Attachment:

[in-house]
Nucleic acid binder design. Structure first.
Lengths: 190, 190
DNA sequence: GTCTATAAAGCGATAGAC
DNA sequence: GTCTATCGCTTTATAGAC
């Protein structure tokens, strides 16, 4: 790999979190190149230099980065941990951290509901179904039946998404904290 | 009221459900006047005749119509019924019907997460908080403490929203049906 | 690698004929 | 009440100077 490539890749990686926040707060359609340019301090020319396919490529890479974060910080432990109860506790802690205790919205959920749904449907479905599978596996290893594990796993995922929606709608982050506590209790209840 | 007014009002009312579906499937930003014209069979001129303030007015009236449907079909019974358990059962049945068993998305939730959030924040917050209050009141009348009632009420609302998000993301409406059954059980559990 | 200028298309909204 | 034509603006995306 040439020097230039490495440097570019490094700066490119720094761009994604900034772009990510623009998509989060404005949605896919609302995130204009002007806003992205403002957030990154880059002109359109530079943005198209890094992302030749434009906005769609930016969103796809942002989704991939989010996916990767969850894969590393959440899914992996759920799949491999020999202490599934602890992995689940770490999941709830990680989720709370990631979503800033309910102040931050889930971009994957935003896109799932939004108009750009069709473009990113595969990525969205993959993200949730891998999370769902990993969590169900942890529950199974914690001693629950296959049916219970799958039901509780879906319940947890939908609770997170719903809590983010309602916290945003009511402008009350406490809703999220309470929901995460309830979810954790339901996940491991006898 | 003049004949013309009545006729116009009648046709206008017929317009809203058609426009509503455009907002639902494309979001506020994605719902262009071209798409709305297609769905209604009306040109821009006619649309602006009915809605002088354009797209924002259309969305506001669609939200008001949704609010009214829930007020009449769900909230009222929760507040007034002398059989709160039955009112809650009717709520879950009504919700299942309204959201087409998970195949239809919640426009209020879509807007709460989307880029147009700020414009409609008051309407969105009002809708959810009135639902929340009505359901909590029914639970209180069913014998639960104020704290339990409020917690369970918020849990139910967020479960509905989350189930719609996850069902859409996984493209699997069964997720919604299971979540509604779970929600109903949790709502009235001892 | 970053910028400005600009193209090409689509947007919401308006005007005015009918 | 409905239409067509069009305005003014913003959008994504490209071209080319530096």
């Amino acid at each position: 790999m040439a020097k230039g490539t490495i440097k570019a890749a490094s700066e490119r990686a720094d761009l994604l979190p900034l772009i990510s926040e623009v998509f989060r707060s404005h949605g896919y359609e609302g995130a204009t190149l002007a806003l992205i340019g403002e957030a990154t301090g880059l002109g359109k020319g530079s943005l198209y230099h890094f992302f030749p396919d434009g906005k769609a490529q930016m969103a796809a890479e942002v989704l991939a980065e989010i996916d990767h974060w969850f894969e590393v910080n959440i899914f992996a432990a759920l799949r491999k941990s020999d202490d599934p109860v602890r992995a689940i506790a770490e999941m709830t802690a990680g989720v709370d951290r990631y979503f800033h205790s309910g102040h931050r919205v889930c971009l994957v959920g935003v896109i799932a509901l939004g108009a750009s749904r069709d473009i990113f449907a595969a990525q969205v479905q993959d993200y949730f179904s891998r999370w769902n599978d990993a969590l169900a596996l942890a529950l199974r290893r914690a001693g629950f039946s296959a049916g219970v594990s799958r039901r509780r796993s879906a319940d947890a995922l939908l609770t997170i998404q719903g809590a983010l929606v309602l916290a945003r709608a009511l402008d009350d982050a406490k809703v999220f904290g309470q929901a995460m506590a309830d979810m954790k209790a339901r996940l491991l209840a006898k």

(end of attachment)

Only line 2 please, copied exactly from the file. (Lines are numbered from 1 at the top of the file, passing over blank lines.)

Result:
Nucleic acid binder design. Structure first.